The effect of this is evident in the undermining of the culture of Asia, Africa, Middle East and Latin America. (Klaits and Halzet, Pp. 26) America has become a victim of its own power as mirrored in the incident of the war on Iraq and Afghanistan. Devaluing another nation’s sovereignty can leave gashes on the country’s own integrity. Although America’s motive in Iraq was to advocate democracy, yet the invalid issue of the armaments of mass devastation resulted in a massive amount of damage. The pride the American politicians gained from the French Revolution has indeed become their own nemesis.

Rationality not impetuosity is the key to executing successful revolutions. America’s devaluing of soft power resulted in Turkey’s refusal to allow soil for attack, even though the country is a supporter of America. Furthermore, America’s intrusion in Afghanistan without U. N approval also advocates the hubris of the American political formation. Of course it is this prime reason why the popularity of America is suffering. Attempt at democratizing nations should be aligned to the peaceful American Revolution; not the gory French Revolution. The Revolution’s impact on Middle Eastern Politics:

Middle East gained a lot of influence from the Revolution in France as well. This is mirrored in the revolutions in Iran, Egypt, Lebanon, Iraq, turkey, Palestine. The ideals of a democratic government free from the absolutist government of the royalty penetrated the Egyptian political structure in 1952, aimed at overthrowing the monarch, King Farouk 1. The faction of militias namely, the free officers movement had risen against the pro-British government, aimed at establishing a civilian form of governance in Egypt. The ideals were to a certain extent similar to the French Revolution.

The political aim behind the revolution not only achieved a civilian form of government, but also advocated nationalism, mirrored in the placement of the Suez Canal in the public sector. Thus, Nasser gained immense support and popularity for his strong sense of patriotism due to which he defied foreign rule and pressure. This patriotism has extended itself in to the current Egyptian political stature as well. The outcome of the revolution in France was also felt by Iran. Iran underwent 2 revolutions; the constitutional revolution of 1905 and the Islamic revolution of 1979. (Klaits and Halzet, Pp.

36) The purpose was to limit the power of the monarch; an absolutist government was greatly undermined and the need to involve the people of Iran was strengthened. The Shah had violated the rights of his people and the dire political need of liberty, equality and freedom instigated the people to move towards the formation of a constitution. The Islamic revolution which took place in Iran is highlighted as the third great revolution of the world after French and Bolshevik revolutions. The underlying factor behind the revolution was overthrowing the monarchy to establish an Islamic republic.

This can be recapitulated in 2 words: populism and jingoism. The Islamic revolution of Iran helped to inspire many through out the Islamic world namely Malaysia. The result of the revolution was political freedom and human development. The Cedar revolution in Lebanon is another valid example of the long-term impact of the political legacies of the French Revolution. The revolution embarks a strong landmark movement as it helped all the different sects in Lebanon to combine together for a similar purpose, to overthrow the influence of Syria.

The Cedar revolution of Lebanon featured protests against the Syrian occupation of Lebanon, voicing their aggression on the attack against their country’s sovereignty. The complete withdrawal of the Syrians from Lebanon marks a pivotal point in history. Finally Lebanon is also on the route to democracy. Another democratic revolution has been the democratic revolution of Palestine. Democracy is the harbinger of peace, freedom and economic growth. Emphasizing on the need of multi party elections and defying the single party rule, the Palestinian people achieved in a time span of 12 months, a democratic revolution.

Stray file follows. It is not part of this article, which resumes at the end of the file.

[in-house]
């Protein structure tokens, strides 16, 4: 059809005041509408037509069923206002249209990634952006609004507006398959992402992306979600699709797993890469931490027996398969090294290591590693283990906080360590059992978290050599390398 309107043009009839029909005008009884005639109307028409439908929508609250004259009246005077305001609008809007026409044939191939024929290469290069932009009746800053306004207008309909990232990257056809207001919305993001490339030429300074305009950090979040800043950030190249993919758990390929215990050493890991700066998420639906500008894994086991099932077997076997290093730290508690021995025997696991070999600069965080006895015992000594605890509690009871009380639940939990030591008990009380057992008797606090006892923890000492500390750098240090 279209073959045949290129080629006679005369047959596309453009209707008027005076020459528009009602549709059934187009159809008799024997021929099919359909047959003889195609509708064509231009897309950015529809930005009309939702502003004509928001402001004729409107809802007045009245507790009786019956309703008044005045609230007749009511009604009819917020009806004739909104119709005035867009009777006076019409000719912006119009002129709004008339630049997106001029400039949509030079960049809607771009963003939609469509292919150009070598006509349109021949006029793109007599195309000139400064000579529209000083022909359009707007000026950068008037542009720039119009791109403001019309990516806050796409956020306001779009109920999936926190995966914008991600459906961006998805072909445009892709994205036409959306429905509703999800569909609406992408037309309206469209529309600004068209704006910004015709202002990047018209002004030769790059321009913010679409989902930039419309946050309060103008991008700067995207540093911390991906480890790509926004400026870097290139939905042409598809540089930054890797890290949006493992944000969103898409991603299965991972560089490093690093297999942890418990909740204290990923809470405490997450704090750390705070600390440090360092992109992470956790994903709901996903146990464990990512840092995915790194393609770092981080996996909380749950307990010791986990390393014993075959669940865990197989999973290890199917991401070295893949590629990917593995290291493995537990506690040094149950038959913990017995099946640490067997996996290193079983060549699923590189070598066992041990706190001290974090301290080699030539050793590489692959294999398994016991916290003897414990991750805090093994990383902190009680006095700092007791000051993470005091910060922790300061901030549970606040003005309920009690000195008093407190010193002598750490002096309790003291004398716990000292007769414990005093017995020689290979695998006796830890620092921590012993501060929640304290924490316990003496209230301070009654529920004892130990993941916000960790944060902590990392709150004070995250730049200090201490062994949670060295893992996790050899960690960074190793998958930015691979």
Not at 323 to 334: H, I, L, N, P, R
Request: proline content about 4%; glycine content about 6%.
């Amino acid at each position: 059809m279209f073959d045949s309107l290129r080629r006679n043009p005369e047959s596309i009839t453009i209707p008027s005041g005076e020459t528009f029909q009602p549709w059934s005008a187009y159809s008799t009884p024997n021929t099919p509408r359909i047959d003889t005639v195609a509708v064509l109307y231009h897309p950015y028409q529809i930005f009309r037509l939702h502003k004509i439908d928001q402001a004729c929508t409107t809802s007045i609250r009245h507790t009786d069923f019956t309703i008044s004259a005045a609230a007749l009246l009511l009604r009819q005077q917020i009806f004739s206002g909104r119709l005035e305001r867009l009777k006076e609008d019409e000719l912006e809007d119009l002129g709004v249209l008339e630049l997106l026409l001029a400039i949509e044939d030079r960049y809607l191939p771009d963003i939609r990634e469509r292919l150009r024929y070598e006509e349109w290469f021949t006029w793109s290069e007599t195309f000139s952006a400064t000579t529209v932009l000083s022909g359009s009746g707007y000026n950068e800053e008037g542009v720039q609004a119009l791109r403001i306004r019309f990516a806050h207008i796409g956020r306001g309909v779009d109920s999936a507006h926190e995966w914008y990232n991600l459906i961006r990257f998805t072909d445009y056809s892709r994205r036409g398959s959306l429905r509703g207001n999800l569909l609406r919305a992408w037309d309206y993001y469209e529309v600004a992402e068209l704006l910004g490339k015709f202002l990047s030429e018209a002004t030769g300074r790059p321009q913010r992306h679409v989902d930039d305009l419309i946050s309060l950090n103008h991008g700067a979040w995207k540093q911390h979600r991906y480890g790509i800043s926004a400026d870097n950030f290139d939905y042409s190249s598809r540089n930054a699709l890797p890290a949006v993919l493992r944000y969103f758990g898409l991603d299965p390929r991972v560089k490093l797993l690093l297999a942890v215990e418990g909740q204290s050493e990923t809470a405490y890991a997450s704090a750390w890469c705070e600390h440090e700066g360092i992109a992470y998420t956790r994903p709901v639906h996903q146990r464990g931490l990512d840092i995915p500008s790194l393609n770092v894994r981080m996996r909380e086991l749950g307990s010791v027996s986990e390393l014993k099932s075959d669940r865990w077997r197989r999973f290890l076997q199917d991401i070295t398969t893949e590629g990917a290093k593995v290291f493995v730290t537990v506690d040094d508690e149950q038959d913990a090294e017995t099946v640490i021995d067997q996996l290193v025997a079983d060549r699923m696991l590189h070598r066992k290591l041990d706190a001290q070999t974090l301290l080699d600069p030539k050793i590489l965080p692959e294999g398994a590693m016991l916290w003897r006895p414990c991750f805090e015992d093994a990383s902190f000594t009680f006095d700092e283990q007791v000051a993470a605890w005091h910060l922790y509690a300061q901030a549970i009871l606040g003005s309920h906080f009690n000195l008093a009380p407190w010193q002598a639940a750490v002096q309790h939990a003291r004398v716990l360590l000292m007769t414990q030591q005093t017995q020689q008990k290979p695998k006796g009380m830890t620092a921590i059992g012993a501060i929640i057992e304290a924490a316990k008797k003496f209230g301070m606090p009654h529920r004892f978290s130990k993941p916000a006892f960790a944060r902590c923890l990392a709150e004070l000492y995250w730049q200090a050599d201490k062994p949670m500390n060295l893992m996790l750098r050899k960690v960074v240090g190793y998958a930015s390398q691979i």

The purple revolution in Iraq, in which the tyrannical leader Saddam Hussein was conquered and democracy established is also one of the world’s most important revolutions. (Nye, Page 24) The French revolution articulately outlined the drawbacks of absolutist government and advocated democracy; democracy nowadays is the higher law. Independence of speech, expression in actual fact, liberty and impartiality in each aspect – from political to social is being stressed repetitively. Saddam Hussein a leader known for his inhumane behavior was a big boulder in the pathway to democracy.

With the purple revolution, the people of Iraq finally gained their right of democracy in every aspect. This has also been the harbinger of prosperity in the region, unlike in the past when sectarian divisions fuelled aggression and animosity. The Young Turk Revolution of the Ottoman Empire in which ultimately the empire was broken down was also one of the most important revolutions that took place in the Middle East. Led by students, the revolution aimed at disposing off the Sultan, the one with the absolute power. This led to the formation of Turkey.

A state that is going through a silent revolt quite similar to the Revolution in France in terms that the Turkish-Muslim bourgeoisie are struggling to put an end to monarchy. Thus, Middle East was a region where an absolutist government had the monopolistic power, achieving democracy seemed a far-fetched thought. However the cries of freedom, impartiality, and fraternity had instigated the need for the people to work towards a democratic political environment. Democracy is the key towards successful politics, successful economy and a successful social state of affairs, as mirrored by the revolution in France and America.

The French Revolution and International Terrorism: The imperative bequest of the French Revolution was the birth of the terminology “terrorism”. It was terrorism during the supremacy of terror organized by Robespierre and St. Just in which 90,000 Frenchmen were beheaded and 300,000 jailed; currently there are around 500 terrorist groups presiding in the world. (Colonel Alfalasi Juma, Pp1) Modern terrorism has indeed become the plausible tool for organizations to impose pressure on the governments to adhere to their ideologies.